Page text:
So for clarification, in my original post I wanted to convey the following points:-

  • it’s absolutely essential for a 5 year old entering a formal education environment to have a strong emotional and cognitive foundation before embarking on a rigourous academic journey.
  • for whatever reason, not all children are entering school with that foundation and that it is not my role to find fault in that, but to address it by creating a learning culture/environment where that foundation can be provided.
  • children can gain that foundation if the appropriate learning culture/environment has been established. It can be learned.
  • this approach helps lift the emotional and academic achievement of all the children in the class. That’s the primary goal of a public education system; having a learning environment that benefits all students equally.

But where my thinking now differs from that original post is that I no longer believe that the age children start their formal education is such a critical factor. Instead, I am concerned with how:-

  1. I see children arriving at school and being thrown into the “deep end” of academic learning. Read, write, count, jump! Worksheets for Africa. Busy work. And it’s all head stuff, too. Abstract. Teacher directed instead of being genuinely inquiry based. Hardly engaging stuff. Nowhere in the NZ Curriculum does it require teachers to require 5 year olds to focus on narrow, academic learning outcomes.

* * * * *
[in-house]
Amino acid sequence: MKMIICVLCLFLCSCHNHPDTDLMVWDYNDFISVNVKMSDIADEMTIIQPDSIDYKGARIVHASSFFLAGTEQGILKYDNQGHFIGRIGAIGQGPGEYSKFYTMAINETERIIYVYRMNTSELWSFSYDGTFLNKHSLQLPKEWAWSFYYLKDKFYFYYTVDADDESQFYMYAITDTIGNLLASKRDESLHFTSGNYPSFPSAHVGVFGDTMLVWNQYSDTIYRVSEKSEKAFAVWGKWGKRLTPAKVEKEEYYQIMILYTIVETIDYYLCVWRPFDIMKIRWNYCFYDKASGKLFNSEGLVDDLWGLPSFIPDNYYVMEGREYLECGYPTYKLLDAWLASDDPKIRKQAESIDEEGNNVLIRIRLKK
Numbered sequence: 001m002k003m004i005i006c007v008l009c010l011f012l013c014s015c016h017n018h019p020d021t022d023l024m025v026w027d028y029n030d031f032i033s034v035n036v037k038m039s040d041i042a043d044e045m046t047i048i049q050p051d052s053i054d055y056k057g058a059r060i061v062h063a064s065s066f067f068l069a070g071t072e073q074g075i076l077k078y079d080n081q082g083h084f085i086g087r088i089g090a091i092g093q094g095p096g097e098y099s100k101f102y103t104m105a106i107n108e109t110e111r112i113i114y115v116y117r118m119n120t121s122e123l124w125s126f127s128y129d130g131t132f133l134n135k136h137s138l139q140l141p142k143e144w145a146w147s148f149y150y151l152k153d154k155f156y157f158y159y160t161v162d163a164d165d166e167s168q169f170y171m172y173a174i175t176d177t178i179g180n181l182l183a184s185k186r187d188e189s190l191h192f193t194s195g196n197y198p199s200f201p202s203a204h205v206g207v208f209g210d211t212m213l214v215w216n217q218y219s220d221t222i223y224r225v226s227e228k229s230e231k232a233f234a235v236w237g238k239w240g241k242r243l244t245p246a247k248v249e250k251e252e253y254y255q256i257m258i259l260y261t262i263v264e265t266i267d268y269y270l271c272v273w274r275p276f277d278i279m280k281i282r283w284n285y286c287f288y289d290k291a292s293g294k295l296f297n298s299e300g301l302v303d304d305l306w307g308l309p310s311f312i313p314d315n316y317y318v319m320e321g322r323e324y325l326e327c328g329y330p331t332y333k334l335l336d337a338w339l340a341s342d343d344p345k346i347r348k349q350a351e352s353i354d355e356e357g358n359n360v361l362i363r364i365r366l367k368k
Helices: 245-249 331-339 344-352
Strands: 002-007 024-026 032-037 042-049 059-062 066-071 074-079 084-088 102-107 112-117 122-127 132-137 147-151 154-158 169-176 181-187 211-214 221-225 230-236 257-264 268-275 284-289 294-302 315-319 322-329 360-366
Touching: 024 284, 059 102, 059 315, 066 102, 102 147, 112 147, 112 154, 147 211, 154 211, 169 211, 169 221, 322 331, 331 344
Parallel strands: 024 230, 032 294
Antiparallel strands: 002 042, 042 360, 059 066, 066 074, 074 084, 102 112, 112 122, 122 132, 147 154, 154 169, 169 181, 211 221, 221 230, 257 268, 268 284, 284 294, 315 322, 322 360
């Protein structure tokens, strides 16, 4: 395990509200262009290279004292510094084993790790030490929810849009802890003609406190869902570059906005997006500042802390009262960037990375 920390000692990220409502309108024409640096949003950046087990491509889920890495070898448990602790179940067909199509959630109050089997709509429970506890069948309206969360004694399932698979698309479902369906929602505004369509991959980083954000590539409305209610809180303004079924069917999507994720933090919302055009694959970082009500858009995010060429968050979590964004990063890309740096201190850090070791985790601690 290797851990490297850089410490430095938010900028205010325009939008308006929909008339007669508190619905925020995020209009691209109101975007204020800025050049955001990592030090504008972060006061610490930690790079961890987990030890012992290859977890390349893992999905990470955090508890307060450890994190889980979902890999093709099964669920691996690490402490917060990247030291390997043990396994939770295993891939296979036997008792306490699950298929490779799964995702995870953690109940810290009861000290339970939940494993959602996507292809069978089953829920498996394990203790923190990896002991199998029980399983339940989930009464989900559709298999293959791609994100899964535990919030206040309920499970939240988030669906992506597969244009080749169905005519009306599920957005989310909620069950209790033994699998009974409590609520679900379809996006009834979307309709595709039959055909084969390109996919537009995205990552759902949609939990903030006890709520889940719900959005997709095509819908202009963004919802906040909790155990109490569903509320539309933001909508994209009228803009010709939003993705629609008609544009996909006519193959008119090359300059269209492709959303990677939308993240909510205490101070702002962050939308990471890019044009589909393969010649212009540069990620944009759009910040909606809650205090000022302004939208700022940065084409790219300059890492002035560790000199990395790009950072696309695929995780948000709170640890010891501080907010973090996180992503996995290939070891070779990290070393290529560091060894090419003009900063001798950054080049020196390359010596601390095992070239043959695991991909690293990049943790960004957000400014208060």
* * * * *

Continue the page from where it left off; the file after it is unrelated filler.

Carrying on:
2. the transition into formal education is managed. By and large, opportunities for the children to grow and develop pro-social skills in a traditional school setting are at best, cursory and abstract. The need for allowing students to develop their emotional and cognitive skills through deliberate practice, is ignored. “Transition” is a ticked box. It is easy to label and treat the children who lack that emotional and cognitive foundation as “naughty”. Instead, they need to be viewed as being underdeveloped in those areas and needing to be given more opportunities to learn.